“So the traveller, borne on the breast of the swift-flowing river, consoled himself with philosophical reflections on the numberless meetings and partings going on in the world – on death, the great parting, from which none returns.
But Ratan had no philosophy.”
Tagore, Rabindranath. The Postmaster. Macmillan, 1918, page 169
Both, Ratan and the postmaster, have different perspectives on their separation. While the learned postmaster justifies his leaving Ratan through a tragic philosophy on life, one where death and parting are inevitabilities of life experienced by all, the uneducated Ratan continues to believe in the possibility, no matter how small, that the postmaster might return some day. At the end of the day, no matter how profound or simple each character’s self-consolations might be, they both desperately try to move on with their lonely lives, giving up the strong connection that they had felt in each other’s company.
“What she doin coming back here in dem overhalls? Can’t she find no dress to put on? – Where’s dat blue satin dress she left here in? – Where all dat money her husband took and died and left her? – What dat ole forty year ole ‘oman doin’ wid her hair swingin’ down her back lak some young gal? – Where she left dat young lad of a boy she went off here wid? – Thought she was going to marry? – Where he left her? – What he done wid all her money? – Betcha he off wid some gal so young she ain’t even got no hairs – Why she don’t stay in her class?”
Hurston, Zora Neale. Their Eyes Were Watching God. Harper Perennial Modern Classics, 2006, page 2.
The Eatonville residents are clearly jealous of Janie and so they point out everything that’s different about her or doesn’t align with the way people from her class should look and behave.
“Five thousand dollars is,” he said for the third time, “a lot of money.”
She lifted her shoulders and hands and let them fall in a gesture that accepted defeat. “It is,” she agreed in a small dull voice. “It is far more than I could ever offer you, if I must bid for your loyalty.”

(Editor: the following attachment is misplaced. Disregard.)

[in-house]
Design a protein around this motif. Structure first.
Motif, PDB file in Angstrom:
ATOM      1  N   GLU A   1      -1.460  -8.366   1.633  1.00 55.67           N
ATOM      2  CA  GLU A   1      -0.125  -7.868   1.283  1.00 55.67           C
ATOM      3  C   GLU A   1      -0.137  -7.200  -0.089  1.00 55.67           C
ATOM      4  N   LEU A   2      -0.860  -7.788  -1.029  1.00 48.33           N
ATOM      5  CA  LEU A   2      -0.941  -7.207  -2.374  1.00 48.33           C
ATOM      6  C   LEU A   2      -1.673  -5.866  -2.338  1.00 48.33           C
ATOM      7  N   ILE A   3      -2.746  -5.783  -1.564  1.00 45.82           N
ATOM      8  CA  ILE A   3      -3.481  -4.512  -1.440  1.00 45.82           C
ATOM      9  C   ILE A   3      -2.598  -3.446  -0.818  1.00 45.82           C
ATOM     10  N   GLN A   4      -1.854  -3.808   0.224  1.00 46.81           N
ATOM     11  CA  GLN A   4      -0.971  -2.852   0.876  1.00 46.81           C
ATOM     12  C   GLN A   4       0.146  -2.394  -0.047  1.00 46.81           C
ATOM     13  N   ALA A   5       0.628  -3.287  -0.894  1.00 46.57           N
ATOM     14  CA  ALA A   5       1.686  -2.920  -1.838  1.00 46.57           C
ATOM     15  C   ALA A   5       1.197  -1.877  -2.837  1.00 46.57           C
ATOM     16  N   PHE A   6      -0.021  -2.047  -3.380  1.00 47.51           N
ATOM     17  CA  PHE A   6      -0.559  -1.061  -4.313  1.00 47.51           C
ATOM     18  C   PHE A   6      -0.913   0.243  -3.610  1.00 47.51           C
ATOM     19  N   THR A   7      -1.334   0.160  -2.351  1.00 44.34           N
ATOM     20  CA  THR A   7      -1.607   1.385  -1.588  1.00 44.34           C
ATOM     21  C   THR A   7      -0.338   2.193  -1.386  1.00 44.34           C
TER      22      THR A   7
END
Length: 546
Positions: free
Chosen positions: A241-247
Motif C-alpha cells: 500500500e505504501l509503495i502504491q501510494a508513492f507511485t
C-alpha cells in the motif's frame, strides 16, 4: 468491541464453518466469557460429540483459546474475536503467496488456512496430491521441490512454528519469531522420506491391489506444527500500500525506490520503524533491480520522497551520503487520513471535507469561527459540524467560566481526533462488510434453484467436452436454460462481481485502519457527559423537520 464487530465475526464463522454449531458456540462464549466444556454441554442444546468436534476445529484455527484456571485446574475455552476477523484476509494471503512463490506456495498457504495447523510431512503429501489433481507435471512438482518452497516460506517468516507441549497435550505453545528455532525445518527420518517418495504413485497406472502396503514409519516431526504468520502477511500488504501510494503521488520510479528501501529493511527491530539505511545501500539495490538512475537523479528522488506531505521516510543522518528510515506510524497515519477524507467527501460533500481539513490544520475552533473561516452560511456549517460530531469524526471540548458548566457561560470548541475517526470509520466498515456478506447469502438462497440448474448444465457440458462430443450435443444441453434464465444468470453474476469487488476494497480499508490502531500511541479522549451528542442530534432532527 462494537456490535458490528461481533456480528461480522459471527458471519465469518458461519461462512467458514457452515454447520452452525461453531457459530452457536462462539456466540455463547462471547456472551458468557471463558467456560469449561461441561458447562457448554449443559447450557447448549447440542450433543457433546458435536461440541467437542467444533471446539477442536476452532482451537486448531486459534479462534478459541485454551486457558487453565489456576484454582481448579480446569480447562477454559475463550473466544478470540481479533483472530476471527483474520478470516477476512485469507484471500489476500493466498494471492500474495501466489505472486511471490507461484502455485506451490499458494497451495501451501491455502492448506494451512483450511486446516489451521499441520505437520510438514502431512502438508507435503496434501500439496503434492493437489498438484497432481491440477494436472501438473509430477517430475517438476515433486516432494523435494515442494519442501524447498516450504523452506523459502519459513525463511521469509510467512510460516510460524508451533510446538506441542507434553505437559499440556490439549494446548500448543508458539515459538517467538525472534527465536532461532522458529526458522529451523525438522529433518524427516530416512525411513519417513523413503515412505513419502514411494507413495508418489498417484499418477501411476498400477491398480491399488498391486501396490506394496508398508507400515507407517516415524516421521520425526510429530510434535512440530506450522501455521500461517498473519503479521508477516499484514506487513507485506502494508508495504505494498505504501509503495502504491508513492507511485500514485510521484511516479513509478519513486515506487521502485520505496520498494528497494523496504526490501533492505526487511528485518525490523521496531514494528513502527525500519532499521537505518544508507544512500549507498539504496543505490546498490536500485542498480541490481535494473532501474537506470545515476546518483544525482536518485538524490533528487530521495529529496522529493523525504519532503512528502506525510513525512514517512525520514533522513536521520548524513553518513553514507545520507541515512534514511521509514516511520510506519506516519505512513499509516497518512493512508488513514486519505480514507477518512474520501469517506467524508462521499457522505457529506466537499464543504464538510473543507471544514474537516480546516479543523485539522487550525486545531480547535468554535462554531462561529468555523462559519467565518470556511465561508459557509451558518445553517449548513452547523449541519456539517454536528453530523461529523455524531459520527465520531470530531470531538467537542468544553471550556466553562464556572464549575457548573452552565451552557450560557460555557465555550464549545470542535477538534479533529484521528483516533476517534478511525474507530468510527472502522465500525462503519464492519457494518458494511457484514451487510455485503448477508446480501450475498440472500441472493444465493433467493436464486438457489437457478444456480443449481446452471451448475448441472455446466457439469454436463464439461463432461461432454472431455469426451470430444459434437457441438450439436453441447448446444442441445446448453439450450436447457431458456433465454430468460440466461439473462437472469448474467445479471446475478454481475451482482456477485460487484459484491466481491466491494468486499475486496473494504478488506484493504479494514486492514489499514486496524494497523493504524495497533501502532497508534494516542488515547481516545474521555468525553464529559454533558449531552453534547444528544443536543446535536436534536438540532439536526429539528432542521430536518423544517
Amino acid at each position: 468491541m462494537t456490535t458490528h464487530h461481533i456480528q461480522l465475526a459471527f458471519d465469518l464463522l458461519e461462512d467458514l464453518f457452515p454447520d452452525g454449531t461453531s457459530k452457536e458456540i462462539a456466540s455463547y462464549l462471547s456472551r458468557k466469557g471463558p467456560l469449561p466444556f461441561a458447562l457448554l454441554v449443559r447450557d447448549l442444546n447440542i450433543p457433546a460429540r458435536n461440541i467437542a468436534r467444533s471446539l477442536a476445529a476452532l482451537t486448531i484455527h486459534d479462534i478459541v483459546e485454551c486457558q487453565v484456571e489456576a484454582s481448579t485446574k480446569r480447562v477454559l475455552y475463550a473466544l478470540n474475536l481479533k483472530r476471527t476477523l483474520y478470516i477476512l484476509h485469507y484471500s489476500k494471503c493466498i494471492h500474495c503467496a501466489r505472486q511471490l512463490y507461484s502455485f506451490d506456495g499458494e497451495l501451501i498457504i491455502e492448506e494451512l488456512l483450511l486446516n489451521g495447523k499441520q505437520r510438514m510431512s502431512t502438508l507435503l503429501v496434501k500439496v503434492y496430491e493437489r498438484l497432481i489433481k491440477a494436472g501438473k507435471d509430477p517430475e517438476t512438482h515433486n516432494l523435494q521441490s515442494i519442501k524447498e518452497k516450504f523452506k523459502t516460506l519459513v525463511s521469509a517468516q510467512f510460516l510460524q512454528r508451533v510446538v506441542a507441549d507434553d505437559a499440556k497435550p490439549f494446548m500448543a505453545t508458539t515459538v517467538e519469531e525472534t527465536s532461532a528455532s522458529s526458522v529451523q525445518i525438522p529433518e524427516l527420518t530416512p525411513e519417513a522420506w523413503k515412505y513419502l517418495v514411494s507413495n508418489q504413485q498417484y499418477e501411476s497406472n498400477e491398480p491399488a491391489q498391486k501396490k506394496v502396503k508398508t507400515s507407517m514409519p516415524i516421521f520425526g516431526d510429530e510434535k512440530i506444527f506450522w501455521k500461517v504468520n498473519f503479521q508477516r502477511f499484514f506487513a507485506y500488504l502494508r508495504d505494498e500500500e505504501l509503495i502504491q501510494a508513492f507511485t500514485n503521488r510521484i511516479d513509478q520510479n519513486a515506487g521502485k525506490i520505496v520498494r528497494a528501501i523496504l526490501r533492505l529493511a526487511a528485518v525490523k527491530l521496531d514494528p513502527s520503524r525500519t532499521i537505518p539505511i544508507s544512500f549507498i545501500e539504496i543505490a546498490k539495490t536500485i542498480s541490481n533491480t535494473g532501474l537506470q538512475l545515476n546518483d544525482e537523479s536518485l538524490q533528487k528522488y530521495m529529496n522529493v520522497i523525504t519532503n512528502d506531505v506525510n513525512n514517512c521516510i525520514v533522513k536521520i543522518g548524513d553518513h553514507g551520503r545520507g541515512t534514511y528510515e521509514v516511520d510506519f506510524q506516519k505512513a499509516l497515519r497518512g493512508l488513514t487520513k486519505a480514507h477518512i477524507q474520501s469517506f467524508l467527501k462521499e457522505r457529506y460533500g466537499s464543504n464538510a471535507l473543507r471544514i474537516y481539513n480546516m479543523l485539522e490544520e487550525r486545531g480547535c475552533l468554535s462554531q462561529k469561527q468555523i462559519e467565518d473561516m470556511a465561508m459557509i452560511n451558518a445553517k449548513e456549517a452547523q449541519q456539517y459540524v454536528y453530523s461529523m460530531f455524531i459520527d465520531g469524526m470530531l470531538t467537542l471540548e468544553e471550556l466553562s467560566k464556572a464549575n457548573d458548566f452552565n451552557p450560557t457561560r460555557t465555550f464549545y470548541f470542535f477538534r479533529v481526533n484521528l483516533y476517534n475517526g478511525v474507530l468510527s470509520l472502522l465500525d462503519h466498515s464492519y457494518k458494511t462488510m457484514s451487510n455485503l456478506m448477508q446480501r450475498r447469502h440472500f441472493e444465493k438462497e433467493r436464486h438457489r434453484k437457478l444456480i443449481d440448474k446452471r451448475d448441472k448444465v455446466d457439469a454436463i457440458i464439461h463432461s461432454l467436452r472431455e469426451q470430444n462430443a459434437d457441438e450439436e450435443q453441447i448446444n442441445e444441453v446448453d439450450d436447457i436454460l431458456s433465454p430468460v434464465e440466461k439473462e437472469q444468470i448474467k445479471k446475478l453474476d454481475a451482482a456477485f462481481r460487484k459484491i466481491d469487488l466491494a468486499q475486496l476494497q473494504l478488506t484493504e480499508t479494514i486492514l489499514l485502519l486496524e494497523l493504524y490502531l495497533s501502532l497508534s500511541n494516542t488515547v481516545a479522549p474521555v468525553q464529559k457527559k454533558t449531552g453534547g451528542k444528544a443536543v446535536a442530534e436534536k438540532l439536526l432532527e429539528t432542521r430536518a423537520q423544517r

Hammett, Dashiell. The Maltese Falcon. 1930. Vintage, 1989. pg 57
Here, Brigid speaks of loyalty as if it is a commodity, in the sale of which the highest bidder wins. It is almost certain that if Brigid was fortunate enough, she would have purchased Spade’s loyalty. But if loyalty can be bought and sold so easily, and need not be gained through one’s actions, is it really wise to trust anyone in this novel?
“It was over – the moment. Against such moments (with women too) there contrasted (as she laid her hat down) the bed and Baron Marbot and the candle half-burnt.”
Woolf, Virginia, and Bonnie Kime Scott. Mrs. Dalloway. A Harvest Book, Harcourt, Inc., 2005.
“I will not serve that in which I no longer believe, whether it calls itself my home, my fatherland, or my church: and I will try to express myself in some mode of life or art as freely as I can and as wholly as I can, using for my defense the only arms I allow myself to use – silence, exile, and cunning.”
Joyce, James. A Portrait of the Artist as a Young Man. Oxford University Press, 2000.
Illness and age rose before him like spectres with pitiless eyes: how was he to bribe such fates to give him the second chance?
James, Henry. “The Middle Years.” Henry James: Complete Stories 1892-1898, 335-55. New York: The Library of America, 1996. pp. 346.